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Hot Summer Days Mean More Haze For Front Range, Mountain Communities

Haze blankets the city in this view of Denver.
Maarten Heerlien
CC BY 2.0
Haze blankets the city in this view of Denver.

This week has brought hazy skies and air quality alerts to the Front Range and Mountain communities.

Some of the pollution is coming from wildfires outside and within Colorado. Ben Crawford, an assistant professor at the University of Colorado Denver in Geography and Environmental Sciences, said wildfire smoke is full of harmful debris called particulate matter.

“These tiny little particles, they can evade our natural defenses, our natural filters, and penetrate deeply into our lungs and end up in the bloodstream,” he said.

Elevated ozone levels have also resulted in multiple ozone action alerts from the Colorado Department of Public Health and Environment in recent days.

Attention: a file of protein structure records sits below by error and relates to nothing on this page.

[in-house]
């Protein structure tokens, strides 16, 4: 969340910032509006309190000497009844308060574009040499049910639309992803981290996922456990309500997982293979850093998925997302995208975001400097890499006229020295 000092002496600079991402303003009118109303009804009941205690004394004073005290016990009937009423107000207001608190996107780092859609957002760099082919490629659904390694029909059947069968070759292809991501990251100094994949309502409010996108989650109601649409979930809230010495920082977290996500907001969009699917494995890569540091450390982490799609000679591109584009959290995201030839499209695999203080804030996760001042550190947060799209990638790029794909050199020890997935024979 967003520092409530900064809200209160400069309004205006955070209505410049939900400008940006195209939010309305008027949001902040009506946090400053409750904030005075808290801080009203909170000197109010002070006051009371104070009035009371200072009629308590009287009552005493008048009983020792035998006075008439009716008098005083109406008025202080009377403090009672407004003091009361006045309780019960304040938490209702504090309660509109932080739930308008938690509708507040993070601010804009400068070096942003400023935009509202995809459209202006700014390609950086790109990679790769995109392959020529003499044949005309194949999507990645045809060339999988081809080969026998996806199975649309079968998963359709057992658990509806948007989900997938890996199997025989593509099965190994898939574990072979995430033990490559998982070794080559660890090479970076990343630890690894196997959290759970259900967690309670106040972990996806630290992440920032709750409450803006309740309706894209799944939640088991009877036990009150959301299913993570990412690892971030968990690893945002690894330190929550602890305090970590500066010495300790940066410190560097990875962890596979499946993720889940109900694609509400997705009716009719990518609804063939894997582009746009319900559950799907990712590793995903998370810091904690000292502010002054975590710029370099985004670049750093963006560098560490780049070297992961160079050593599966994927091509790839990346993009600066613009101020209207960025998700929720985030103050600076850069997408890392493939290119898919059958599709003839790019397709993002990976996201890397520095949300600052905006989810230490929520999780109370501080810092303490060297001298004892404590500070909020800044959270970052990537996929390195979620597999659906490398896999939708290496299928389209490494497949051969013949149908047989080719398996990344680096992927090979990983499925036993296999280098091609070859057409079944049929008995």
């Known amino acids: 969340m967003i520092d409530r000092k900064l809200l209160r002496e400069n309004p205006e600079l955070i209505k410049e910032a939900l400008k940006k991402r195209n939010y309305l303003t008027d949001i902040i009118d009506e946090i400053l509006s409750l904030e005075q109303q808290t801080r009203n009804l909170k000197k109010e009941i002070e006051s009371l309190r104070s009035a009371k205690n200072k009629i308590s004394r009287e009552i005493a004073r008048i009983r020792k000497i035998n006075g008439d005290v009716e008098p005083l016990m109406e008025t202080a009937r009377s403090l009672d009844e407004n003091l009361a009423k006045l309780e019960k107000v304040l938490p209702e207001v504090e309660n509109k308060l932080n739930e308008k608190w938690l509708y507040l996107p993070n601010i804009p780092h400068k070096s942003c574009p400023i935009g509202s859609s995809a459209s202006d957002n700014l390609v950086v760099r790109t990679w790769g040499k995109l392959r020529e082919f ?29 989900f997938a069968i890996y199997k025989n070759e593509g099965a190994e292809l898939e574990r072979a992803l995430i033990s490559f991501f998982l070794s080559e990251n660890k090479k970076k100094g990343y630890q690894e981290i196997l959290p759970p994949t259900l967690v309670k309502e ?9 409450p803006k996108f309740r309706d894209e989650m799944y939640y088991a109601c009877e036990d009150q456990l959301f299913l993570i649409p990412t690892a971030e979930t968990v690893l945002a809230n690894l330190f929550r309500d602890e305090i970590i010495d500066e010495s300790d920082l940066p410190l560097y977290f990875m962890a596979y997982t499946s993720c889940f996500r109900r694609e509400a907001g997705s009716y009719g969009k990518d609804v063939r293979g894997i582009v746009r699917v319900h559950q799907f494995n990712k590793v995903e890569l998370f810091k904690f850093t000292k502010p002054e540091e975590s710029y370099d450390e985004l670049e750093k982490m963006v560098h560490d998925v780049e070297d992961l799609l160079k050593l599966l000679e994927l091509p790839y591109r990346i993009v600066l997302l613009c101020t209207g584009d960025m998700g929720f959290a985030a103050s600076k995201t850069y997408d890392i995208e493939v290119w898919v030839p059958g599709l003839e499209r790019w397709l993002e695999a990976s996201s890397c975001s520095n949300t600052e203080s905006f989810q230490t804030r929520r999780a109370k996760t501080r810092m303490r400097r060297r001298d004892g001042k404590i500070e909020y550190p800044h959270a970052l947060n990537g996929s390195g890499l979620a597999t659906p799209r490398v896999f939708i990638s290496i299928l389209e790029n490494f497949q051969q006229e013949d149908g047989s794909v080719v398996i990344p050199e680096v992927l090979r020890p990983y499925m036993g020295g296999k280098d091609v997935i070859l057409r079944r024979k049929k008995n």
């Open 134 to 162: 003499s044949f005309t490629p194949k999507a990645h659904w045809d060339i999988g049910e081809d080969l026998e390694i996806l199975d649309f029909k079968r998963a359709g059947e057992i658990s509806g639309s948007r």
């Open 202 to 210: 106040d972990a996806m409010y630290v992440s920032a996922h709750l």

Ozone forms in the lower atmosphere when pollutants from cars and from oil and gas activity react in the presence of sunlight. Because summers have longer daylight hours and more intense radiation, ozone levels are often higher at this time of year.

Crawford said the air quality index, or AQI, incorporates both particulate matter and ozone.

“You can think of it as a way to standardize ozone pollution versus particulate matter pollution,” he said. “The air quality index kind of brings those things together on the same scale.”

The current AQI is moderate to unhealthy for sensitive groups. The Colorado Department of Public Health and Environment recommends limiting car trips and outdoor activity, especially during the heat of the day.

I am the 2021 American Association for the Advancement of Science Mass Media Fellow at KUNC. My goal is to tell the true stories of science — and make them understandable and fascinating for all.
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